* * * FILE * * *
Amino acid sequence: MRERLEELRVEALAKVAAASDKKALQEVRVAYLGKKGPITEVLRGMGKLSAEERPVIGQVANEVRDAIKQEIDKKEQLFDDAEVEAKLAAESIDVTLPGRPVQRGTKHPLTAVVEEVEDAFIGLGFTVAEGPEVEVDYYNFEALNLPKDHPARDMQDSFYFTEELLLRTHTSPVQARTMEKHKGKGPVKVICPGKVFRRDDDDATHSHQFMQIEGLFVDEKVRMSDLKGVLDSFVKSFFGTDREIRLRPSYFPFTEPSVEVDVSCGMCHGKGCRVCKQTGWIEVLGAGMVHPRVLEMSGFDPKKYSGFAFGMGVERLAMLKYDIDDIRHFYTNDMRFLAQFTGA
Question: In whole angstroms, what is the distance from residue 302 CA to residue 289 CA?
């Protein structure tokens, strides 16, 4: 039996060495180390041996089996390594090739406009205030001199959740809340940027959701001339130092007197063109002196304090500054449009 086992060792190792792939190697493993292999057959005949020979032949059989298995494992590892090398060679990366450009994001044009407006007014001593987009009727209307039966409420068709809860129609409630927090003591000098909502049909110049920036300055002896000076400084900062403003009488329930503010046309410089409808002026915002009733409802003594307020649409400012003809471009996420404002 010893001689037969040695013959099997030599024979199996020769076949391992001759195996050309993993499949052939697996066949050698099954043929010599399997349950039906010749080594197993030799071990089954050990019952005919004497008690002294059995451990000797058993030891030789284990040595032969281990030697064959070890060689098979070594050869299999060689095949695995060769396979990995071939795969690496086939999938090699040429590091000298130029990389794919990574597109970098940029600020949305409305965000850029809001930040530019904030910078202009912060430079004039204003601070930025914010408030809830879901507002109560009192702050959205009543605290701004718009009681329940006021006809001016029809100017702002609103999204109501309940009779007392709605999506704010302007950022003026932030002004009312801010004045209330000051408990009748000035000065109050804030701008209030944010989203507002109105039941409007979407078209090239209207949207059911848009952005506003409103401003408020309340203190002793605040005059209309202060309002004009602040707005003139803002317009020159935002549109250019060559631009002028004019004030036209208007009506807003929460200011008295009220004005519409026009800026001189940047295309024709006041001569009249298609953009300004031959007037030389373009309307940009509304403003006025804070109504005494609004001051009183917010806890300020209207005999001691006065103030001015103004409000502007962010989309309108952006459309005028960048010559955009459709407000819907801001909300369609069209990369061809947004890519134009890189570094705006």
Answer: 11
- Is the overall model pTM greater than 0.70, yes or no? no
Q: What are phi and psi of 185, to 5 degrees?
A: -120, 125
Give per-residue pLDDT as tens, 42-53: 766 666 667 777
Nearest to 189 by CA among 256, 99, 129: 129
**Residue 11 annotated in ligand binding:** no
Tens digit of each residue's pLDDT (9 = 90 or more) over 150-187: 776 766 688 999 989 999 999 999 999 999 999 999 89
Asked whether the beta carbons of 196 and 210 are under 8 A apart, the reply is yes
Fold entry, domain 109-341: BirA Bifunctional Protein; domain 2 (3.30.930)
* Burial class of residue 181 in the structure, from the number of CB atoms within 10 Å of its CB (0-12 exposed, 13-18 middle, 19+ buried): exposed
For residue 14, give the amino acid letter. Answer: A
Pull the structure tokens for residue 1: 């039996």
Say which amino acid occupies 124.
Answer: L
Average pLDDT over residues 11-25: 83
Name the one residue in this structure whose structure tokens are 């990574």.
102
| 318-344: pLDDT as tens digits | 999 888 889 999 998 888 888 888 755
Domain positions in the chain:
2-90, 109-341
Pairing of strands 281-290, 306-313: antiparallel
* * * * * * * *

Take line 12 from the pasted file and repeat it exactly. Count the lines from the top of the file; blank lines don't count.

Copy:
Asked whether the beta carbons of 196 and 210 are under 8 A apart, the reply is yes